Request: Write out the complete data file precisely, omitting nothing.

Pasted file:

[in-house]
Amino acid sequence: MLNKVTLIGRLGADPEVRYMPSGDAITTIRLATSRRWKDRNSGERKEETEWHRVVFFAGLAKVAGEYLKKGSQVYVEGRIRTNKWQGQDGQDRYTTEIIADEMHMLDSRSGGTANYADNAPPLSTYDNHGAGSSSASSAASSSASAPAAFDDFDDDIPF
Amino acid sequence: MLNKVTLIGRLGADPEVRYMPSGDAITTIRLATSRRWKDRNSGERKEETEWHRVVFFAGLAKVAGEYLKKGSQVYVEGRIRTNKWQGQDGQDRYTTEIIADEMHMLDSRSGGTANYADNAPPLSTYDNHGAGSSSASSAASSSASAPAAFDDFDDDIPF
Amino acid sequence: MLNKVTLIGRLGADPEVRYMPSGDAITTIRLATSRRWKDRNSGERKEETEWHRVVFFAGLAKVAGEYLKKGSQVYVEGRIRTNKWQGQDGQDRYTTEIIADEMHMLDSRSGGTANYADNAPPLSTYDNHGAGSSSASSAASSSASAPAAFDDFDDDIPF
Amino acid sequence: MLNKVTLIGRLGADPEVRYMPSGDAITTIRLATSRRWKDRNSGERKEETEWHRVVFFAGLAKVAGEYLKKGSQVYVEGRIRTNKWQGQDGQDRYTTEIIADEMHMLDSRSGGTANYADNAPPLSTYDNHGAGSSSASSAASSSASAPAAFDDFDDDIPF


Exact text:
[in-house]
Amino acid sequence: MLNKVTLIGRLGADPEVRYMPSGDAITTIRLATSRRWKDRNSGERKEETEWHRVVFFAGLAKVAGEYLKKGSQVYVEGRIRTNKWQGQDGQDRYTTEIIADEMHMLDSRSGGTANYADNAPPLSTYDNHGAGSSSASSAASSSASAPAAFDDFDDDIPF
Amino acid sequence: MLNKVTLIGRLGADPEVRYMPSGDAITTIRLATSRRWKDRNSGERKEETEWHRVVFFAGLAKVAGEYLKKGSQVYVEGRIRTNKWQGQDGQDRYTTEIIADEMHMLDSRSGGTANYADNAPPLSTYDNHGAGSSSASSAASSSASAPAAFDDFDDDIPF
Amino acid sequence: MLNKVTLIGRLGADPEVRYMPSGDAITTIRLATSRRWKDRNSGERKEETEWHRVVFFAGLAKVAGEYLKKGSQVYVEGRIRTNKWQGQDGQDRYTTEIIADEMHMLDSRSGGTANYADNAPPLSTYDNHGAGSSSASSAASSSASAPAAFDDFDDDIPF
Amino acid sequence: MLNKVTLIGRLGADPEVRYMPSGDAITTIRLATSRRWKDRNSGERKEETEWHRVVFFAGLAKVAGEYLKKGSQVYVEGRIRTNKWQGQDGQDRYTTEIIADEMHMLDSRSGGTANYADNAPPLSTYDNHGAGSSSASSAASSSASAPAAFDDFDDDIPF